MIT, USA. Ultra-fast camera can create images of hidden objects using scattered laser light.
A new imaging system developed at MIT’s Media Lab could use opaque walls, doors or floors as ‘mirrors’ to gather information about scenes outside its line of sight. In doing so, the camera is able to see objects hidden behind walls. Such a camera could be invaluable in dangerous or inaccessible locations, such as inside machinery with moving parts, or in highly contaminated areas.
The camera fires a pulse of laser light at a wall on the far side of the hidden scene, and records the time at which the scattered light reaches back to the camera. Photons bounce off the wall onto the hidden object and back to the wall, scattering each time, before a small fraction eventually reaches the camera, each at a slightly different time. It’s this time resolution that provides the key to revealing the hidden geometry. The position of the 50-femtosecond (that’s 50 quadrillionths of a second) laser pulse is also changed 60 times, to gain multiple perspectives on the hidden scene.
A normal camera can only see objects that are right in front of it. Light that reaches the sensor from beyond the direct line of sight is too diffuse to convey useful information about the hidden scene, having been scattered by multiple reflections. The new set-up overcomes this problem by capturing ultra-fast time-of-flight information — that is, how long each photon has taken to reach the camera. This information is then decoded by a reconstruction algorithm conceived by team member Andreas Velten.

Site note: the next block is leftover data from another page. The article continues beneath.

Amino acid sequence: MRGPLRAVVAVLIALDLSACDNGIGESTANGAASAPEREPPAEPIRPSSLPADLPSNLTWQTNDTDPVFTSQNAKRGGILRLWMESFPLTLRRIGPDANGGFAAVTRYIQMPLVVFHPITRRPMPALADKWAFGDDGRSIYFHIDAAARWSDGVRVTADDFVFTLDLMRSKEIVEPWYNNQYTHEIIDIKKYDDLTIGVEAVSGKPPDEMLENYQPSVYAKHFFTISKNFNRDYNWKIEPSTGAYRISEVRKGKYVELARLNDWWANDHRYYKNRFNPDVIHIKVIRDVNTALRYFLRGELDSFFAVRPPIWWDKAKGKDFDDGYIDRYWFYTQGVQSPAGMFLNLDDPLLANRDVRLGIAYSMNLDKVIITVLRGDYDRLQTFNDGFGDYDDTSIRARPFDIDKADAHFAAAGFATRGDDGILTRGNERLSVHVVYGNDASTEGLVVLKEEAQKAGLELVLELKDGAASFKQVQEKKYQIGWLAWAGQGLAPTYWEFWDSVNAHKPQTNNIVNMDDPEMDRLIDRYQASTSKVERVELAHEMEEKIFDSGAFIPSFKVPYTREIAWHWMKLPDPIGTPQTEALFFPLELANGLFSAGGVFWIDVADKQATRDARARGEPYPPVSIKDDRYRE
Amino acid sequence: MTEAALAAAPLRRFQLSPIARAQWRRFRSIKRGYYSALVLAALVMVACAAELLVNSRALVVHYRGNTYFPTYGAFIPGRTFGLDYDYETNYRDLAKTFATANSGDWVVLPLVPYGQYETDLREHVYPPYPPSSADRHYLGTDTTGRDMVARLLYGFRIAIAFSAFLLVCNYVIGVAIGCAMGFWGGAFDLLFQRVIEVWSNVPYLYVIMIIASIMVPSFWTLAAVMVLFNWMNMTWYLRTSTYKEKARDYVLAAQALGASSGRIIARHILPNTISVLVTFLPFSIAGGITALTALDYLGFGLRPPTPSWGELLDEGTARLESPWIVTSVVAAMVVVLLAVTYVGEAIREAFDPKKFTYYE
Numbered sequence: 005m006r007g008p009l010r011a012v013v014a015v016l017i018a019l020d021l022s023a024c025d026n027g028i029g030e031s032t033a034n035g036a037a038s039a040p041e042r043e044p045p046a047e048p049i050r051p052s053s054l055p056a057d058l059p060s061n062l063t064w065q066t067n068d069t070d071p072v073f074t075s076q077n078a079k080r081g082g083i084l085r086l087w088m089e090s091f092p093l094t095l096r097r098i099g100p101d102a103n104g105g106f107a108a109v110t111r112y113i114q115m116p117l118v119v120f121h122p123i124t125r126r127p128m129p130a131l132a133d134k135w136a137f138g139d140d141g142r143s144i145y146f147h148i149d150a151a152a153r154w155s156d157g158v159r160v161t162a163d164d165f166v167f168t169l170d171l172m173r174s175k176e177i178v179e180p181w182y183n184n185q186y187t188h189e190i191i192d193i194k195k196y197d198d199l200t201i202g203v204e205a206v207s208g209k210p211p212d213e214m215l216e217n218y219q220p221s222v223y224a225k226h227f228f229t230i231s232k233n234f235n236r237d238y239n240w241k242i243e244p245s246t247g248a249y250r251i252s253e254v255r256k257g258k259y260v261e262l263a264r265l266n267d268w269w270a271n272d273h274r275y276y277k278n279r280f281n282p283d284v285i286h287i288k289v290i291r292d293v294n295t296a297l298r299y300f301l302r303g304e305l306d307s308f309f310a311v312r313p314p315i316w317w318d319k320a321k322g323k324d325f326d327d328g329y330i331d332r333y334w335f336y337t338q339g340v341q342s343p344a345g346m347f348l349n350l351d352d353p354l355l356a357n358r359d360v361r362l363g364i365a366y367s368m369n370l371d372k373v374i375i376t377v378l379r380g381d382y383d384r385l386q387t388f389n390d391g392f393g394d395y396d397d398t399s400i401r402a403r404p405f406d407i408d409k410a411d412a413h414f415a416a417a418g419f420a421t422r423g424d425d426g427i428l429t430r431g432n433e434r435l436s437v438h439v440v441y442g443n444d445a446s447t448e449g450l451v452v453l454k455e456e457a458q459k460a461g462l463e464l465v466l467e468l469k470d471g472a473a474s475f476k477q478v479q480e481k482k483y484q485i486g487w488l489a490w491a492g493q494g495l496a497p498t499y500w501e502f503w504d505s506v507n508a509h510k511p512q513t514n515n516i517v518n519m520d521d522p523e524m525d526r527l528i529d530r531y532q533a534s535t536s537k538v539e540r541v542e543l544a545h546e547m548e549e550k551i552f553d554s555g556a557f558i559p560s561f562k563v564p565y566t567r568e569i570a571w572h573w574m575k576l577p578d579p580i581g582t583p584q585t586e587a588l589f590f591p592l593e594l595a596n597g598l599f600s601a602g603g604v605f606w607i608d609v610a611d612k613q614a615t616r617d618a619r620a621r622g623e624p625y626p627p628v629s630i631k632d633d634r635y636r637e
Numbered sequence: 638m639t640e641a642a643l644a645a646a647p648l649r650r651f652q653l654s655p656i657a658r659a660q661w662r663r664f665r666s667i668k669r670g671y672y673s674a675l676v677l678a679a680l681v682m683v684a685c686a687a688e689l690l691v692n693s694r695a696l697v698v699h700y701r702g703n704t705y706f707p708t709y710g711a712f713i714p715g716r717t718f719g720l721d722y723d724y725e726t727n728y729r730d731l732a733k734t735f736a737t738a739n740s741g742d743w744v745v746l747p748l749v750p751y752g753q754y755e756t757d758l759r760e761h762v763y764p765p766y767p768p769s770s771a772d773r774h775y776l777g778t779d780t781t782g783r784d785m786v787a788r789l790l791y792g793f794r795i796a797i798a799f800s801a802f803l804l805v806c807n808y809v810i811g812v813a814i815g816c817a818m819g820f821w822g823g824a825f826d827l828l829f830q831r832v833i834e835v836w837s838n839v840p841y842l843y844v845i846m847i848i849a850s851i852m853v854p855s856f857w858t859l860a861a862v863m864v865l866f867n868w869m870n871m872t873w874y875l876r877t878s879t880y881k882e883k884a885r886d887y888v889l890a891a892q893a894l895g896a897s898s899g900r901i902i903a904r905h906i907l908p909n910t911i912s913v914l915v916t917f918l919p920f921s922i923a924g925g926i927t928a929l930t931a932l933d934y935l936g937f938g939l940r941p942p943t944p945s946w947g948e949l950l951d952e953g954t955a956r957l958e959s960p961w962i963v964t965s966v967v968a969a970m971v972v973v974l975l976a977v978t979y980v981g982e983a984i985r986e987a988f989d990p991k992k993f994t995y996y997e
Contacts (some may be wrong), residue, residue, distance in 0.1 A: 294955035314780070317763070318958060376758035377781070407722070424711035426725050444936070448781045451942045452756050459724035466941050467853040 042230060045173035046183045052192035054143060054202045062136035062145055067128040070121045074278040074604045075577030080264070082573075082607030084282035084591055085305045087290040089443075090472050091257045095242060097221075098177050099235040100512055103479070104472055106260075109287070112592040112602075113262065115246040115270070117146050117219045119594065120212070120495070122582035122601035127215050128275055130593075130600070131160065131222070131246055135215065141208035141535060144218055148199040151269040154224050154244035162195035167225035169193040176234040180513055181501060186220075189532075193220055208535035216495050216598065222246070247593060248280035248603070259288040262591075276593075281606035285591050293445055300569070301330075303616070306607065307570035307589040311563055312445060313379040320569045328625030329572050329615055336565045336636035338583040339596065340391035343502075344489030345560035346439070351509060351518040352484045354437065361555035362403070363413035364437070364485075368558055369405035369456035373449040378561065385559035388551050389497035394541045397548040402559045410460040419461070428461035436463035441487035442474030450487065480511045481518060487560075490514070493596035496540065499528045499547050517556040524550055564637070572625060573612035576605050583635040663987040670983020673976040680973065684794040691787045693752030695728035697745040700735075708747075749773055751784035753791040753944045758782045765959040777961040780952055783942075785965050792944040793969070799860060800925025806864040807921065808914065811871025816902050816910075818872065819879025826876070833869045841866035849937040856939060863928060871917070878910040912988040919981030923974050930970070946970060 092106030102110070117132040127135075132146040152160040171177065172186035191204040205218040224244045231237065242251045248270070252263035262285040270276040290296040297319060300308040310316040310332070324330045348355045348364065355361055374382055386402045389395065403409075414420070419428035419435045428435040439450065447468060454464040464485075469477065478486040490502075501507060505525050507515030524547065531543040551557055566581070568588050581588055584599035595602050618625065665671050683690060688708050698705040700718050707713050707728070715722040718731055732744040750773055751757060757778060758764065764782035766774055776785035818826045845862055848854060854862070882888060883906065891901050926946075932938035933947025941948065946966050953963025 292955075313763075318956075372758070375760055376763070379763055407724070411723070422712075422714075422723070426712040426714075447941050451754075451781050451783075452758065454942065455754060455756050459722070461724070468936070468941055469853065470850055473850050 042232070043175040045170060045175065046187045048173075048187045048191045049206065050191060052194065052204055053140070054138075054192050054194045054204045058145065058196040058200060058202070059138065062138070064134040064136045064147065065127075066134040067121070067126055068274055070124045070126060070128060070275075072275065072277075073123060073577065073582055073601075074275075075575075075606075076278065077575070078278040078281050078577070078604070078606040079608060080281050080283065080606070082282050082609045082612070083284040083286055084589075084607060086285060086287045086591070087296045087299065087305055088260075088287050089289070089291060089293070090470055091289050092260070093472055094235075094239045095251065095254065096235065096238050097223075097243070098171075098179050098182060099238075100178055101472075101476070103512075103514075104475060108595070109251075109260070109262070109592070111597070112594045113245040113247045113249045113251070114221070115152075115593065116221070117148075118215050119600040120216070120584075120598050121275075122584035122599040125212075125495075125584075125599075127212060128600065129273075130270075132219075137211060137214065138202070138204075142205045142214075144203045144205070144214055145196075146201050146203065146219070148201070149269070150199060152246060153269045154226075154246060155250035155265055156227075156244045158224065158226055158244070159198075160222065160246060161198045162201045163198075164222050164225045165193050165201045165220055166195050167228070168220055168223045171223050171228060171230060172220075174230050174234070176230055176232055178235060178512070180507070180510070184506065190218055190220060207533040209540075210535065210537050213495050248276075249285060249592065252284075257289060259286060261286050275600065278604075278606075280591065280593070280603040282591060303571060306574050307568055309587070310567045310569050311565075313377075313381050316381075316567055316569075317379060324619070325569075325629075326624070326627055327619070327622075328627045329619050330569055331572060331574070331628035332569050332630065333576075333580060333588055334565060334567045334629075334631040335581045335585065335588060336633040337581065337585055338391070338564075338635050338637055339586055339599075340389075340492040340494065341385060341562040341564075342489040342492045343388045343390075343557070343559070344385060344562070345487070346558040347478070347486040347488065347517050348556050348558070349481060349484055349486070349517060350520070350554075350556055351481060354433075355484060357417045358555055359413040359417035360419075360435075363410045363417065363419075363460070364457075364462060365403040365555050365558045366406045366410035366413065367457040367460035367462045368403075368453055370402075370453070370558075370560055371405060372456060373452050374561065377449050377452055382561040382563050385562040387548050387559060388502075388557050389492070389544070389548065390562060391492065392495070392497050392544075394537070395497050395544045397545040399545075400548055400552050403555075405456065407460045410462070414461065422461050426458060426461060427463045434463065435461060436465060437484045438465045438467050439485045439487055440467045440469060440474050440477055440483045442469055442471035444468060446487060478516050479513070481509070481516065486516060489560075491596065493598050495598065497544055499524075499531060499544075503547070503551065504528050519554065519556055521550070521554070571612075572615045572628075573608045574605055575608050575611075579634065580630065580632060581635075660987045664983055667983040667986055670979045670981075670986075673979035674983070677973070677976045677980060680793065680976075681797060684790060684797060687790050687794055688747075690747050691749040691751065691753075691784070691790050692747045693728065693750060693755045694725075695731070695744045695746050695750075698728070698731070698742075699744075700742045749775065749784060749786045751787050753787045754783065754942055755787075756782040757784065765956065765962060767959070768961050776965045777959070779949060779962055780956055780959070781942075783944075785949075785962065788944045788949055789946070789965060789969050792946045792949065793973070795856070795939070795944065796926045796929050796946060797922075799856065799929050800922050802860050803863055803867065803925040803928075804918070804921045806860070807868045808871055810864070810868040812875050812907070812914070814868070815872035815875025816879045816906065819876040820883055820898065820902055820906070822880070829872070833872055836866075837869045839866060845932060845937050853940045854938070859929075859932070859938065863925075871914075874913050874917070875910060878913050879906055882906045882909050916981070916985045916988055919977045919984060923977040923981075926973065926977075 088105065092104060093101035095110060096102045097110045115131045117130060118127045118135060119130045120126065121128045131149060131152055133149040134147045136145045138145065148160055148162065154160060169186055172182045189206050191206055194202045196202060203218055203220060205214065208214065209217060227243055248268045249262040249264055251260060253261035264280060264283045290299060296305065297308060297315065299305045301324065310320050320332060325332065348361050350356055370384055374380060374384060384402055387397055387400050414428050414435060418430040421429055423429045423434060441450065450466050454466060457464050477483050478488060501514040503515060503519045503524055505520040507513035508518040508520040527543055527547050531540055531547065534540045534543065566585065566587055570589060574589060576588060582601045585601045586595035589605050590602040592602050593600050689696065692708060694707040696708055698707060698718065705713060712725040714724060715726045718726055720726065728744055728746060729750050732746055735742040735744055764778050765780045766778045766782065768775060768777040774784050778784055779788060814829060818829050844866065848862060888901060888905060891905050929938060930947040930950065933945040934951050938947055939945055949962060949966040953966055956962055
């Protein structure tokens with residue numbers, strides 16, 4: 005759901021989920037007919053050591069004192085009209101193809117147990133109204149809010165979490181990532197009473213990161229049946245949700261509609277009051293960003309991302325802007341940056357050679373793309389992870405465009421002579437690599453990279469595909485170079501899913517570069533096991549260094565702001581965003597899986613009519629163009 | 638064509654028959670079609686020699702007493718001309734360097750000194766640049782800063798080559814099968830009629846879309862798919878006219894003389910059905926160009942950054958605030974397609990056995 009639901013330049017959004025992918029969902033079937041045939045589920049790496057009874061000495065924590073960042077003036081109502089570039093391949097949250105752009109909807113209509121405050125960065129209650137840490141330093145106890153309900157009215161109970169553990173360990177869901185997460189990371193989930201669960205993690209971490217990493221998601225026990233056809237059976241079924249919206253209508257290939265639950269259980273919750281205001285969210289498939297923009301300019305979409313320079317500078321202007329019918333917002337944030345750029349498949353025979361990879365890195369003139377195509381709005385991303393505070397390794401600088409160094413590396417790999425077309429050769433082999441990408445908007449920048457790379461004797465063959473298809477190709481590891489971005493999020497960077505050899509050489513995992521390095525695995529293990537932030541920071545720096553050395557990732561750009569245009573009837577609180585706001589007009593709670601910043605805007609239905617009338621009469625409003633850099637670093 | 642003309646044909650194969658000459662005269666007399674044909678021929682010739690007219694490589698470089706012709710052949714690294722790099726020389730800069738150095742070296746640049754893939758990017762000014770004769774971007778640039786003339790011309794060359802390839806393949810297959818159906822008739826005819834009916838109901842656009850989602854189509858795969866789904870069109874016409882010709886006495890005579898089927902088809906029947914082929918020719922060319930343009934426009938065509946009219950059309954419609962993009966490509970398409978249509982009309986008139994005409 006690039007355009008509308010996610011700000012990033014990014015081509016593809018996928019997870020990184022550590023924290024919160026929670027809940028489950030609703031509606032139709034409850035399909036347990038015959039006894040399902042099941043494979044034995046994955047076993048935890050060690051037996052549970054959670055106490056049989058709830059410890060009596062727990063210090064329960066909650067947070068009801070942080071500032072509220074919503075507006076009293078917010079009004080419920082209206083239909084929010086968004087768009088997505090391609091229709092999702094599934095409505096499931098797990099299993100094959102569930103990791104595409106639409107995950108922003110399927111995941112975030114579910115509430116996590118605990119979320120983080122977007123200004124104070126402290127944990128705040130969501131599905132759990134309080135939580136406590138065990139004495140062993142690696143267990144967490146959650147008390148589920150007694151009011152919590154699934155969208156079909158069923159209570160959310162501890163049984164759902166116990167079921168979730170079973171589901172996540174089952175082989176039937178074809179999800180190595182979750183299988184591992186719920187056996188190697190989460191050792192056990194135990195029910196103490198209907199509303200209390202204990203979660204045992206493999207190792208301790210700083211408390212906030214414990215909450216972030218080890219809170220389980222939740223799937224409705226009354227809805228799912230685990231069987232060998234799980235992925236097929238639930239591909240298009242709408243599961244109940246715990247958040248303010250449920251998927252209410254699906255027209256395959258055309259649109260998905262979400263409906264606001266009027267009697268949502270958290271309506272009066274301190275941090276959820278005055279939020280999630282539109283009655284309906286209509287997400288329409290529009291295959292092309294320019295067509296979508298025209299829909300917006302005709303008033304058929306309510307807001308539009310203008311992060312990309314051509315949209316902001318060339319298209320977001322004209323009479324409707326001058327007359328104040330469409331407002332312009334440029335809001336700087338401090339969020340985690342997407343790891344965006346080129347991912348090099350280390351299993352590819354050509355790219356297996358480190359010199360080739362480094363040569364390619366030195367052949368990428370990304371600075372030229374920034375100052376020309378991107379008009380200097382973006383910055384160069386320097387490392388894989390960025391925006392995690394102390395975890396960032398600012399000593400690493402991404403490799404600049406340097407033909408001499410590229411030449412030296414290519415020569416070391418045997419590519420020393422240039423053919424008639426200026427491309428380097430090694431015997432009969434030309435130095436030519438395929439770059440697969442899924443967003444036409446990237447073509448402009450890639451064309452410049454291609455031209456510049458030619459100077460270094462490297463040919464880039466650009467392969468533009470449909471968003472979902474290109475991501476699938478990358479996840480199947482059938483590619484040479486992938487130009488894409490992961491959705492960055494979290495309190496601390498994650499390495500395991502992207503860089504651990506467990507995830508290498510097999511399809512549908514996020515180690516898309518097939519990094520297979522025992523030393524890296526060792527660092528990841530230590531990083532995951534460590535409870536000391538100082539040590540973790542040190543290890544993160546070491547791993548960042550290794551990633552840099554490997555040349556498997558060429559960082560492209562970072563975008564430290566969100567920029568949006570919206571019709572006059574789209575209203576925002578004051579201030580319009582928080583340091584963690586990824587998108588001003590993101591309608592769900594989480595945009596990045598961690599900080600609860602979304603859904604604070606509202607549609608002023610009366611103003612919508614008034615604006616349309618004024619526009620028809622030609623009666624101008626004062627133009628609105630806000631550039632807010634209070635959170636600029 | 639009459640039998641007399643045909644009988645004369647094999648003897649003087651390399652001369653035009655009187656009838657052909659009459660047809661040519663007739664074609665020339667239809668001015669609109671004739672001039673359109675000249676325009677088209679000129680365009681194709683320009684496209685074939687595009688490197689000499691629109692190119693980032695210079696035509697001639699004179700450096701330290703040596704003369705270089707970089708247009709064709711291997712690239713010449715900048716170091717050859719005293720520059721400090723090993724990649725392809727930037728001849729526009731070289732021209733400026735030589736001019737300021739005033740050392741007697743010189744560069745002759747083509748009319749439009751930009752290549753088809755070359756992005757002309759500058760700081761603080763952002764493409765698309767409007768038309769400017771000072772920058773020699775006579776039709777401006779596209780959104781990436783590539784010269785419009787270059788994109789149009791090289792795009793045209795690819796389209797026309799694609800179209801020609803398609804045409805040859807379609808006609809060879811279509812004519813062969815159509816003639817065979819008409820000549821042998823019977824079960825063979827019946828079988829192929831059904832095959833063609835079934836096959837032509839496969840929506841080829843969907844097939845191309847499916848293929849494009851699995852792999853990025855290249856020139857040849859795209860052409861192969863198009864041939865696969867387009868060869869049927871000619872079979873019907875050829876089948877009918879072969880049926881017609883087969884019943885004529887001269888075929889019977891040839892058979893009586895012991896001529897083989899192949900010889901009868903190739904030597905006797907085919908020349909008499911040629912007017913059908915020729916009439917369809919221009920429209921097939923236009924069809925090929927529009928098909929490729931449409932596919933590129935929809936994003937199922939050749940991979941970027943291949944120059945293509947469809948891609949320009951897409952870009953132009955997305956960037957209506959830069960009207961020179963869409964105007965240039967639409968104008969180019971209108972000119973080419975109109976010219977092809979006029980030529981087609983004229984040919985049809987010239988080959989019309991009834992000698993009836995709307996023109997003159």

Ramesh Raskar, an associate professor at the MIT Media Lab, led the new research. Raskar says, his group has discovered that the problem of peering around a corner has a great deal in common with that of using multiple antennas to determine the direction of incoming radio signals. Going forward, Raskar hopes to use that insight to improve the quality of the images the system produces and to enable it to handle visual scenes with a lot more clutter.
|Invention||Imaging system that detects scenes outside its line of sight|
|Field(s)||photography, imaging, computer science, electronics, light waves, laser, photon|
|Further Information||MIT Press Release, Nature Article, Academic Paper|